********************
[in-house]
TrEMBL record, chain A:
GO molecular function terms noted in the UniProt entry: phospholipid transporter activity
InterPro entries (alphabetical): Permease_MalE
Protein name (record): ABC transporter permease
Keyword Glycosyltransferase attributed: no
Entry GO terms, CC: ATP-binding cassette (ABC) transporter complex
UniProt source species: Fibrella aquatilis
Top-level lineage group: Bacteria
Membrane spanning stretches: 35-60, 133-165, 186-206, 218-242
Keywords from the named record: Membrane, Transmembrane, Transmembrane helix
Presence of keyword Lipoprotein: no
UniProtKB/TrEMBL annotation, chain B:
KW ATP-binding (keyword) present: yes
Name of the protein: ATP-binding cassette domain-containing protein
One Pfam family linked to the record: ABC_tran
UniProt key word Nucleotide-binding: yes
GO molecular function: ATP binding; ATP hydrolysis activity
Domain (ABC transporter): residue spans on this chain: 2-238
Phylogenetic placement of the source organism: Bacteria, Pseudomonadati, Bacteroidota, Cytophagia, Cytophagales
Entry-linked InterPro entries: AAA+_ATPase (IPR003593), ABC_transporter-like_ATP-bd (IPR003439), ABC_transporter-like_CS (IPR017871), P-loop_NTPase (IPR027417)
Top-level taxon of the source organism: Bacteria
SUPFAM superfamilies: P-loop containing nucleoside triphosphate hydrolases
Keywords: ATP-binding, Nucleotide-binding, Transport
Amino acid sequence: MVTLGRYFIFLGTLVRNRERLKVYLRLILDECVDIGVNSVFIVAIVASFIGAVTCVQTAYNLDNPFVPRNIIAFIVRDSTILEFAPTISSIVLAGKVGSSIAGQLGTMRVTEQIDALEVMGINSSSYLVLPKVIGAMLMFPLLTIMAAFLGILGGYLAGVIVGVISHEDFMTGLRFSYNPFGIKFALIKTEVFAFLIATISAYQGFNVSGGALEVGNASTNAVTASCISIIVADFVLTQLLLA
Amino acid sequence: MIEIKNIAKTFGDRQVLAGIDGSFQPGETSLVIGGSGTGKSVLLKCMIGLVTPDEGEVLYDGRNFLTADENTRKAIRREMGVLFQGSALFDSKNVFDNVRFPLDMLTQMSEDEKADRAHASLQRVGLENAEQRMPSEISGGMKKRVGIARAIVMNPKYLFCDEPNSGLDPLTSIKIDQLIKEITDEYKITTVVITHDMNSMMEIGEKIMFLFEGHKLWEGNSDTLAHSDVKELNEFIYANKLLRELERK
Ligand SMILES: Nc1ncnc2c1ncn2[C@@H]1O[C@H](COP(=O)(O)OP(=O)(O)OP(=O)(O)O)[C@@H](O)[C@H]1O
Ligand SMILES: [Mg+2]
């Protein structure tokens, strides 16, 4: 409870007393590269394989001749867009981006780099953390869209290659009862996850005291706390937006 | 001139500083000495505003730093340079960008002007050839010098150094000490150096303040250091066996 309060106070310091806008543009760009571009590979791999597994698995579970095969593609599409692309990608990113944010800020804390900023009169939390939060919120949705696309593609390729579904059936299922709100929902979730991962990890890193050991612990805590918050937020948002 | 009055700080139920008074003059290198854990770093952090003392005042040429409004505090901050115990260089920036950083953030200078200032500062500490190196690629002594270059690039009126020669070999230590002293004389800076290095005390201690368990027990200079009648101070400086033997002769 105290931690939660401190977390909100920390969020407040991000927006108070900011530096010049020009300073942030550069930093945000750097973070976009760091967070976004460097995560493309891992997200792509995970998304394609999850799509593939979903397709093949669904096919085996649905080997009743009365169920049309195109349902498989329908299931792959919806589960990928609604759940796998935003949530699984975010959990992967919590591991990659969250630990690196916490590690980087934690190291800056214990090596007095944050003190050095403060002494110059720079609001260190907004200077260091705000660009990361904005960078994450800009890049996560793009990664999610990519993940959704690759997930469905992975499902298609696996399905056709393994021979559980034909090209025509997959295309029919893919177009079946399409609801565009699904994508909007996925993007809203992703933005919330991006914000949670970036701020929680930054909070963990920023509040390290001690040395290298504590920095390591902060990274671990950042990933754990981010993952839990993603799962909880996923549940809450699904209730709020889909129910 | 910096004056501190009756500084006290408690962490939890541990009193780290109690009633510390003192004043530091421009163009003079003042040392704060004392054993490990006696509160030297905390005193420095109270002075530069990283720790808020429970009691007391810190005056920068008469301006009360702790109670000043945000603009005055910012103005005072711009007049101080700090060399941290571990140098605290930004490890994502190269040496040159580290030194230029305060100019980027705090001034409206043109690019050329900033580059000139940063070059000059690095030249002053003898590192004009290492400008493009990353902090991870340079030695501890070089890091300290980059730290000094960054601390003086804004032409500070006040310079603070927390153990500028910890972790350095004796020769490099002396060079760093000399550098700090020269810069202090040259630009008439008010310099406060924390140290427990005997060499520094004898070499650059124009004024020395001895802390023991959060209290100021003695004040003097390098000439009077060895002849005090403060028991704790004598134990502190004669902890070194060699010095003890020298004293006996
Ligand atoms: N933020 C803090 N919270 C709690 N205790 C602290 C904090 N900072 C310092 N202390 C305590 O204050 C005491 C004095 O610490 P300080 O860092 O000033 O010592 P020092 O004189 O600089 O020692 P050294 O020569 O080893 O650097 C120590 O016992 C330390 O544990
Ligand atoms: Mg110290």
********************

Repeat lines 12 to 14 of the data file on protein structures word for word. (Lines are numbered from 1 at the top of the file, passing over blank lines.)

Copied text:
Presence of keyword Lipoprotein: no
UniProtKB/TrEMBL annotation, chain B:
KW ATP-binding (keyword) present: yes